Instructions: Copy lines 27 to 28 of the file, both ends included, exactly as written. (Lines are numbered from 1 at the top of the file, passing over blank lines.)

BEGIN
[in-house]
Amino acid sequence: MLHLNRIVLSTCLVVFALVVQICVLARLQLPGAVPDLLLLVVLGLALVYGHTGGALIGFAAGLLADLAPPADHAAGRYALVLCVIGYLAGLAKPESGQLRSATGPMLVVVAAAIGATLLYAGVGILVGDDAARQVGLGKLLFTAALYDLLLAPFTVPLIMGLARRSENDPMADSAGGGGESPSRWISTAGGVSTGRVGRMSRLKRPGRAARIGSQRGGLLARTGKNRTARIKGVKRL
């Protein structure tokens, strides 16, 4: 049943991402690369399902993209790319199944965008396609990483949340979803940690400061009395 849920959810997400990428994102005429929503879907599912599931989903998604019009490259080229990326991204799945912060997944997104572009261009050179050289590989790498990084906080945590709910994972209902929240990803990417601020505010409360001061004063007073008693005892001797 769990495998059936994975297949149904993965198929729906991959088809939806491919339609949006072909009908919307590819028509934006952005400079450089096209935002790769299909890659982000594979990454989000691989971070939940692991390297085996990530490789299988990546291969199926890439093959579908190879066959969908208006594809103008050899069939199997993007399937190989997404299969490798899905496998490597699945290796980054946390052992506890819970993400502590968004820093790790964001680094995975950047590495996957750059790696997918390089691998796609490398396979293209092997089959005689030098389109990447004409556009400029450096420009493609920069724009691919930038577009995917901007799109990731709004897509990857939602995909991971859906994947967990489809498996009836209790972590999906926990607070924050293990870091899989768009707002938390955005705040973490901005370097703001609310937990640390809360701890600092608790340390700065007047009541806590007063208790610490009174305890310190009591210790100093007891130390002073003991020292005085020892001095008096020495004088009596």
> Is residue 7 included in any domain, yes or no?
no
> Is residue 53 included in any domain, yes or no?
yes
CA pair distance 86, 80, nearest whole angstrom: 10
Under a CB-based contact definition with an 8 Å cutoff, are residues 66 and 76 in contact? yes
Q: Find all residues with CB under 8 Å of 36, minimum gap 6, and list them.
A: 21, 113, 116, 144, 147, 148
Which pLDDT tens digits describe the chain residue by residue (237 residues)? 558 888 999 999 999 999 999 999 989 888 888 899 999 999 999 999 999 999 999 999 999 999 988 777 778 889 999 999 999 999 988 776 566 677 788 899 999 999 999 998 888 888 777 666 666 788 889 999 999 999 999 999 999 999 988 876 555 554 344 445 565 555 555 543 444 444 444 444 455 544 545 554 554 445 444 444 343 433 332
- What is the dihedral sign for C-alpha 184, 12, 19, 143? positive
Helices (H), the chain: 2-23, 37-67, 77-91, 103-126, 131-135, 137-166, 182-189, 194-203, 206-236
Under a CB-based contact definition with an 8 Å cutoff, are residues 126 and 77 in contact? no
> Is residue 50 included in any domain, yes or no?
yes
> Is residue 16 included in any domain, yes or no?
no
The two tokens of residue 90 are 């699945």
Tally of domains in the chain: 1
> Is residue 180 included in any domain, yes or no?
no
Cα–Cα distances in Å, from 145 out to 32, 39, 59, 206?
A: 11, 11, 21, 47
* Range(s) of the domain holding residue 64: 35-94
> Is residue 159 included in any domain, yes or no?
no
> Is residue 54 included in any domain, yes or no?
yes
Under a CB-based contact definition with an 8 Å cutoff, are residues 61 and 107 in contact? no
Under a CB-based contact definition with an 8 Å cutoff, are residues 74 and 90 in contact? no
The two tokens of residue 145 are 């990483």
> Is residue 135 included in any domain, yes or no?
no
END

> Is residue 159 included in any domain, yes or no?
no